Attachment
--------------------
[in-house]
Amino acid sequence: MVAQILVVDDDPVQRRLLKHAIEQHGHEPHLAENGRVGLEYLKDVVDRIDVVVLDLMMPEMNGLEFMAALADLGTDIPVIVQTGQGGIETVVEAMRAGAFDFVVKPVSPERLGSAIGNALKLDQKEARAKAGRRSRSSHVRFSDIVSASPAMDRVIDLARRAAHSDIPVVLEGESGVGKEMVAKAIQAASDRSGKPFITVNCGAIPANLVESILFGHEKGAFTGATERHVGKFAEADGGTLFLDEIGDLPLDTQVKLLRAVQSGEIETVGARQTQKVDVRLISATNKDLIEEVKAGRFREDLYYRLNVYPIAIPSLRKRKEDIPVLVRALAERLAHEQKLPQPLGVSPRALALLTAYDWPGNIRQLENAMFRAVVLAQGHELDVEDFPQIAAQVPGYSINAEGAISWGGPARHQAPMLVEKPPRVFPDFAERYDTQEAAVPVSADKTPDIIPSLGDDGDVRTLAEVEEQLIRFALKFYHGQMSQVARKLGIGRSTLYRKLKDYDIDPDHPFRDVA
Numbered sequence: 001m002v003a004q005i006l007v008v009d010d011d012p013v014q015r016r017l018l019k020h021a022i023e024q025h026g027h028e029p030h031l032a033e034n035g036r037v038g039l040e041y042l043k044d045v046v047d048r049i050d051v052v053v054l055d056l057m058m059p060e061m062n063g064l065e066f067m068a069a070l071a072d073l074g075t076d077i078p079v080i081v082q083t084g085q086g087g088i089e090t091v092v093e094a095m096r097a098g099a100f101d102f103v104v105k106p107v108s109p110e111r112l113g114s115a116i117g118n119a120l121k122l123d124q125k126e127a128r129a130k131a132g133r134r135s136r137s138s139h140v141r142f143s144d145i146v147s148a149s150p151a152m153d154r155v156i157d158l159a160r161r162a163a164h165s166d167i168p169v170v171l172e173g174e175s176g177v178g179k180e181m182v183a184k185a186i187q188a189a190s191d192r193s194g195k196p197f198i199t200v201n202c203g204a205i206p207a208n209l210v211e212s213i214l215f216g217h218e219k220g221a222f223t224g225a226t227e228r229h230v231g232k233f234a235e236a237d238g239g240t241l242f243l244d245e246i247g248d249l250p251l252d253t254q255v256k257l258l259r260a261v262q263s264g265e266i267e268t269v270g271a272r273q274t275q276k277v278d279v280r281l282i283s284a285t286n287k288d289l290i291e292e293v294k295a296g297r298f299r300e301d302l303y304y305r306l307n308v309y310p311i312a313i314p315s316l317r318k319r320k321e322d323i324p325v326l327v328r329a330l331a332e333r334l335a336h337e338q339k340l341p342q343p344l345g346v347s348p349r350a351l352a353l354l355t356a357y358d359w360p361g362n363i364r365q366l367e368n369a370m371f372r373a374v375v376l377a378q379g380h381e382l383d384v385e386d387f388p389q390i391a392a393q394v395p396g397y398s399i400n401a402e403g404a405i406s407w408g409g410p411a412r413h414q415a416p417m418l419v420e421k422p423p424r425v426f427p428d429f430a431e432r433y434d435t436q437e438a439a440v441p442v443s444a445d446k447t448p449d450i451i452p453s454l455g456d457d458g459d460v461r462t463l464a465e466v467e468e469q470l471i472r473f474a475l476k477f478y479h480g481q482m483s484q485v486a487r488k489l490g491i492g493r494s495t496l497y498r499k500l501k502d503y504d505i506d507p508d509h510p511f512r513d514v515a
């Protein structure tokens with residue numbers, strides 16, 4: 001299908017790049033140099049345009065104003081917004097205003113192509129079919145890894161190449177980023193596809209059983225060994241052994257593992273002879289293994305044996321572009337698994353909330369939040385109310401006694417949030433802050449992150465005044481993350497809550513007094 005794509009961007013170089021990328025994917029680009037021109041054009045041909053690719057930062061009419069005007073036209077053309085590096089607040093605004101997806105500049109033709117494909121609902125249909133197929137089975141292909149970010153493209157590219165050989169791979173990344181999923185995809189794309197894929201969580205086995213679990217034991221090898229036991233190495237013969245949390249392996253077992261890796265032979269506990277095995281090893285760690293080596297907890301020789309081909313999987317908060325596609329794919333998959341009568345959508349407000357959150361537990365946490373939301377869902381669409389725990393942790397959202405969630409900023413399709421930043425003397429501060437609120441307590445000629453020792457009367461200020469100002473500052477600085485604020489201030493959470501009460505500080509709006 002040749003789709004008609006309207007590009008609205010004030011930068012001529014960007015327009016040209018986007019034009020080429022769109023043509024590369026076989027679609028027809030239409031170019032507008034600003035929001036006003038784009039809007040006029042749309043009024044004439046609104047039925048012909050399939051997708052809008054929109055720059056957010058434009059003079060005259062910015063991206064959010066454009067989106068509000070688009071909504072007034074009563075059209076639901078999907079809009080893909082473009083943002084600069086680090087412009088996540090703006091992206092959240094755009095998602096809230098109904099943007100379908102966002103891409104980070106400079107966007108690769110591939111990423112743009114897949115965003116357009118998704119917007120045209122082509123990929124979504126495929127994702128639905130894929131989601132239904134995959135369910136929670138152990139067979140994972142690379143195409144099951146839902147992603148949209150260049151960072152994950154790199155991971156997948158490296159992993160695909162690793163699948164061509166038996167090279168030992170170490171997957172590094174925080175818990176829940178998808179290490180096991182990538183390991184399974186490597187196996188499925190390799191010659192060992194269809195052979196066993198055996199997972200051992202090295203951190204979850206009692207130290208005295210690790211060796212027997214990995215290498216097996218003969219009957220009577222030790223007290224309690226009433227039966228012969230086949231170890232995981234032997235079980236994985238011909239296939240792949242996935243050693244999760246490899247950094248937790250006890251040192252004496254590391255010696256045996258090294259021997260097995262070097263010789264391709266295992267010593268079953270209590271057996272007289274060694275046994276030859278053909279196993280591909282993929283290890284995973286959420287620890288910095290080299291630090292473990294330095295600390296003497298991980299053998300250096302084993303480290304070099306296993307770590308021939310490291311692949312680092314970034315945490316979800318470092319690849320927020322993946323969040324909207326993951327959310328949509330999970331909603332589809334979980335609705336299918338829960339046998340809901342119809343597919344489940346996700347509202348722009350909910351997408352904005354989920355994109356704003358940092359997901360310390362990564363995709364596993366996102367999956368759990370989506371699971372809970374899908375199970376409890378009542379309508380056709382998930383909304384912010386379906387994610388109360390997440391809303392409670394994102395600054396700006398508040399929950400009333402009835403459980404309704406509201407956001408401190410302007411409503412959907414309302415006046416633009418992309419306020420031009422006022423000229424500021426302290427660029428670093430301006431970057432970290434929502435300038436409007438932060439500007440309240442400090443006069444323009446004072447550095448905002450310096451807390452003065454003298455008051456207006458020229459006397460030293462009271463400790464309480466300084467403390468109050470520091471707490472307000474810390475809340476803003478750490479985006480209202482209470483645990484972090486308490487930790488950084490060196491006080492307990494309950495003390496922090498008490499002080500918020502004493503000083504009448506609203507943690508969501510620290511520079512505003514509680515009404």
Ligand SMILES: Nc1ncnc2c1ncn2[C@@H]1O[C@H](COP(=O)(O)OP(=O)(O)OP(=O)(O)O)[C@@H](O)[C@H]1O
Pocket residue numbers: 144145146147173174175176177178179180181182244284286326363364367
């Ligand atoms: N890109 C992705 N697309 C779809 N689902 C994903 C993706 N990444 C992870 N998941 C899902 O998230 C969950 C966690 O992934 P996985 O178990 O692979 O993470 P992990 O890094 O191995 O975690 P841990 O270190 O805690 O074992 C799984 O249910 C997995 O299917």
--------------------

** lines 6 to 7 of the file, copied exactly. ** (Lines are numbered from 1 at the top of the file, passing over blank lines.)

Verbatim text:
Pocket residue numbers: 144145146147173174175176177178179180181182244284286326363364367
């Ligand atoms: N890109 C992705 N697309 C779809 N689902 C994903 C993706 N990444 C992870 N998941 C899902 O998230 C969950 C966690 O992934 P996985 O178990 O692979 O993470 P992990 O890094 O191995 O975690 P841990 O270190 O805690 O074992 C799984 O249910 C997995 O299917």